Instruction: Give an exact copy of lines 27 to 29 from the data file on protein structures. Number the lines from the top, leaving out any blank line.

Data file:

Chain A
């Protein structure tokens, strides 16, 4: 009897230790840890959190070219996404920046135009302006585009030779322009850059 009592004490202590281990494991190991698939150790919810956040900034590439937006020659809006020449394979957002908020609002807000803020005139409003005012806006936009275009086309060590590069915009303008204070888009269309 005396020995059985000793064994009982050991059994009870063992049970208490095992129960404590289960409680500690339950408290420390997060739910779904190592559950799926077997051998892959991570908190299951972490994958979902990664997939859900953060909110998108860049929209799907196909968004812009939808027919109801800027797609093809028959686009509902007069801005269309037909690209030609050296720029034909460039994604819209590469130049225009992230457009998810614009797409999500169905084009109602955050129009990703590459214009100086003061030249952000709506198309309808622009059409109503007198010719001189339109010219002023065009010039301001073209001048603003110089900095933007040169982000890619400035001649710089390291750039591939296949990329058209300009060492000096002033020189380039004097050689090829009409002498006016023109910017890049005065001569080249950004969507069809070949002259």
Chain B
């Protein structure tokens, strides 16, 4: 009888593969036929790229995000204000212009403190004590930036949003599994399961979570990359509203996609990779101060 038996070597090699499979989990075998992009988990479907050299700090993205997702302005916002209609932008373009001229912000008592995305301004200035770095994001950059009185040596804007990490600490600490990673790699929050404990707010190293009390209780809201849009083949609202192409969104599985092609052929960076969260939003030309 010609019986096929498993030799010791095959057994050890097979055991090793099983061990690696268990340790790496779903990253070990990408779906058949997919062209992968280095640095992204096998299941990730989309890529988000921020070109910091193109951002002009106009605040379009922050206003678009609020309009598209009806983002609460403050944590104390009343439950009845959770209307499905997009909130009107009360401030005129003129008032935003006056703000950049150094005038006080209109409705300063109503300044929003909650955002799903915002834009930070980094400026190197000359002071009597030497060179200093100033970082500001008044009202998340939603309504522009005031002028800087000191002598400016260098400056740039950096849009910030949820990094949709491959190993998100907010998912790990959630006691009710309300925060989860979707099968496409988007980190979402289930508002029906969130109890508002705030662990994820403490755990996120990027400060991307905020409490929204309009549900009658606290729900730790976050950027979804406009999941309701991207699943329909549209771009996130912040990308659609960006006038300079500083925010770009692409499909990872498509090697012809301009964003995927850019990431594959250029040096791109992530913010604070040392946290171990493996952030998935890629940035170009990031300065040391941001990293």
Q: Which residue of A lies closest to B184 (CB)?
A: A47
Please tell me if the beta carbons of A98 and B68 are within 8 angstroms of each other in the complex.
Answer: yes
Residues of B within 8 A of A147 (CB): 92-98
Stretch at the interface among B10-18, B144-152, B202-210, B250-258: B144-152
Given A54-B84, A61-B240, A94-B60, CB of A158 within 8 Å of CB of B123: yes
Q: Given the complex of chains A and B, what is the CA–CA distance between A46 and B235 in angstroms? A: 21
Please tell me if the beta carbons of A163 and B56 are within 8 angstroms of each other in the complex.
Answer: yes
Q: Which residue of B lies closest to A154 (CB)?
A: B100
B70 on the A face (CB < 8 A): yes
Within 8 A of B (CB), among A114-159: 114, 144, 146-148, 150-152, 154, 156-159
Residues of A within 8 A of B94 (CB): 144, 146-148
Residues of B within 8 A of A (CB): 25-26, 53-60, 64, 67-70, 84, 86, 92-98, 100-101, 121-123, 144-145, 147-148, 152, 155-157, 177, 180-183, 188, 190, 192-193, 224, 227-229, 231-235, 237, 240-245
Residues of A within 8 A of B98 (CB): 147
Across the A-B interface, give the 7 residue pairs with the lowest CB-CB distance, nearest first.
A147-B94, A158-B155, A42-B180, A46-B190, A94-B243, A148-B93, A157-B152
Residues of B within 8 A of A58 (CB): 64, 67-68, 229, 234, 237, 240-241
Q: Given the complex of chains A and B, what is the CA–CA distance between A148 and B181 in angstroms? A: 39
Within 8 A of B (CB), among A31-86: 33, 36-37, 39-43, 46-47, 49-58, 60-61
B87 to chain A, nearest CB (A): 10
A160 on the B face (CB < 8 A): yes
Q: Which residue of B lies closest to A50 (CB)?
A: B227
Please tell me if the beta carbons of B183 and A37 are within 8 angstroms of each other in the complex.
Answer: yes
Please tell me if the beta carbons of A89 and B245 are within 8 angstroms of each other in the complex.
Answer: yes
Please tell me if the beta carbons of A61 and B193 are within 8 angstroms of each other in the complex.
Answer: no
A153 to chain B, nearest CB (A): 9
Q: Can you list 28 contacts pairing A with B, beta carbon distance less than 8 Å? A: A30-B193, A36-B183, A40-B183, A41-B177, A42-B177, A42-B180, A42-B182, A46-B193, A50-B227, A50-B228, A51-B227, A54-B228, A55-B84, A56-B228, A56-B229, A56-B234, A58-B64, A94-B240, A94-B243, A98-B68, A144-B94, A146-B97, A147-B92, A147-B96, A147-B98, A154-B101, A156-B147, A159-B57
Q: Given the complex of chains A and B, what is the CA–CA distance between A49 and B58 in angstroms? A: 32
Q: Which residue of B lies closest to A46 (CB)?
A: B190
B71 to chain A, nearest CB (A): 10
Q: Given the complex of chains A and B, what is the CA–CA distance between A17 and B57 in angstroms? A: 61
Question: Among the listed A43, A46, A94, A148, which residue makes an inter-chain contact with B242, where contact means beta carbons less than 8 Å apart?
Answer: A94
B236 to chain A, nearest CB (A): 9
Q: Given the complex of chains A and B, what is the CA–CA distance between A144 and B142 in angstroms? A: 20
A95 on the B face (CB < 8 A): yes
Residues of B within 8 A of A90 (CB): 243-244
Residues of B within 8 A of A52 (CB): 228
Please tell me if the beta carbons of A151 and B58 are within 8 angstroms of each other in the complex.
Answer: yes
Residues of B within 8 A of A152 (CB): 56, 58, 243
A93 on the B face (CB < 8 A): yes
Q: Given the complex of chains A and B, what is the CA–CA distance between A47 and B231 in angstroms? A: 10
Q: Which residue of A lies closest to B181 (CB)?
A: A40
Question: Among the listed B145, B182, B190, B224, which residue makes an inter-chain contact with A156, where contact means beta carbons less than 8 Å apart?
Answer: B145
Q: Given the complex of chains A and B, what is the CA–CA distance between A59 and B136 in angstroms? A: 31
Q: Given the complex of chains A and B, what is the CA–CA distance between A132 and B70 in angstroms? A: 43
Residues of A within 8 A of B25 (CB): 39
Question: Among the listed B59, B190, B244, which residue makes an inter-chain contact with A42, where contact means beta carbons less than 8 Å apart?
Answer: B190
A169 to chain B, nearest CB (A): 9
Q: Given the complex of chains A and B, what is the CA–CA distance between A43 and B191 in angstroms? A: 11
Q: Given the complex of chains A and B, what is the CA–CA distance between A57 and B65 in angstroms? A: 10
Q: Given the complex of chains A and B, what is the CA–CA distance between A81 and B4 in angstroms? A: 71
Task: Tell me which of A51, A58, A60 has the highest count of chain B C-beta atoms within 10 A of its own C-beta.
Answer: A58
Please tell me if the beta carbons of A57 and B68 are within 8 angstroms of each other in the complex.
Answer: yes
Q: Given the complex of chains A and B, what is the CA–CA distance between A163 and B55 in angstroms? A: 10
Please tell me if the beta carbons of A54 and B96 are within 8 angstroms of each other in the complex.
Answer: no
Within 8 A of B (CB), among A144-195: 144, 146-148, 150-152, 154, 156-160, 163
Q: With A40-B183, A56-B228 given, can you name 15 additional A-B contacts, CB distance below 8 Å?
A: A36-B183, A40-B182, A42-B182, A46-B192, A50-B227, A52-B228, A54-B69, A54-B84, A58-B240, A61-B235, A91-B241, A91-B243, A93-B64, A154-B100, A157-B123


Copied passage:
B87 to chain A, nearest CB (A): 10
A160 on the B face (CB < 8 A): yes
Q: Which residue of B lies closest to A50 (CB)?